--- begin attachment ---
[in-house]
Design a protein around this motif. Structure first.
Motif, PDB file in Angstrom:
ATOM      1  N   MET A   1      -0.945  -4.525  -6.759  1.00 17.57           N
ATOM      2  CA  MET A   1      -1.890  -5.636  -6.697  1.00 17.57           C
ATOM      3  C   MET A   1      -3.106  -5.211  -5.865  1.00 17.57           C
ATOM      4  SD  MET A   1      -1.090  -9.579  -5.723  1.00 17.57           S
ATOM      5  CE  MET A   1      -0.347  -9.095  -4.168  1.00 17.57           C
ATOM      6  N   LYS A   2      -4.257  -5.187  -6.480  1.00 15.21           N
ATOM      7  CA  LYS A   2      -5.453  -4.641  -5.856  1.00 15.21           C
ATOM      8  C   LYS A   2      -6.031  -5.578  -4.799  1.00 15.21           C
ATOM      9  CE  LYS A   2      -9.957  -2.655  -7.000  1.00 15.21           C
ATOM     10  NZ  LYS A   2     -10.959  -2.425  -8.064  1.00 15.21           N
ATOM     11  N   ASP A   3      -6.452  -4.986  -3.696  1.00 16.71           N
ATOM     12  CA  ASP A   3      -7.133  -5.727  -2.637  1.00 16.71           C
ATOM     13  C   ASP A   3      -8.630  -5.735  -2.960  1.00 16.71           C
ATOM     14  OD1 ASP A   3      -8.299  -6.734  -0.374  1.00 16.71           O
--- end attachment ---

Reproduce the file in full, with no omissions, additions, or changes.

[in-house]
Design a protein around this motif. Structure first.
Motif, PDB file in Angstrom:
ATOM      1  N   MET A   1      -0.945  -4.525  -6.759  1.00 17.57           N
ATOM      2  CA  MET A   1      -1.890  -5.636  -6.697  1.00 17.57           C
ATOM      3  C   MET A   1      -3.106  -5.211  -5.865  1.00 17.57           C
ATOM      4  SD  MET A   1      -1.090  -9.579  -5.723  1.00 17.57           S
ATOM      5  CE  MET A   1      -0.347  -9.095  -4.168  1.00 17.57           C
ATOM      6  N   LYS A   2      -4.257  -5.187  -6.480  1.00 15.21           N
ATOM      7  CA  LYS A   2      -5.453  -4.641  -5.856  1.00 15.21           C
ATOM      8  C   LYS A   2      -6.031  -5.578  -4.799  1.00 15.21           C
ATOM      9  CE  LYS A   2      -9.957  -2.655  -7.000  1.00 15.21           C
ATOM     10  NZ  LYS A   2     -10.959  -2.425  -8.064  1.00 15.21           N
ATOM     11  N   ASP A   3      -6.452  -4.986  -3.696  1.00 16.71           N
ATOM     12  CA  ASP A   3      -7.133  -5.727  -2.637  1.00 16.71           C
ATOM     13  C   ASP A   3      -8.630  -5.735  -2.960  1.00 16.71           C
ATOM     14  OD1 ASP A   3      -8.299  -6.734  -0.374  1.00 16.71           O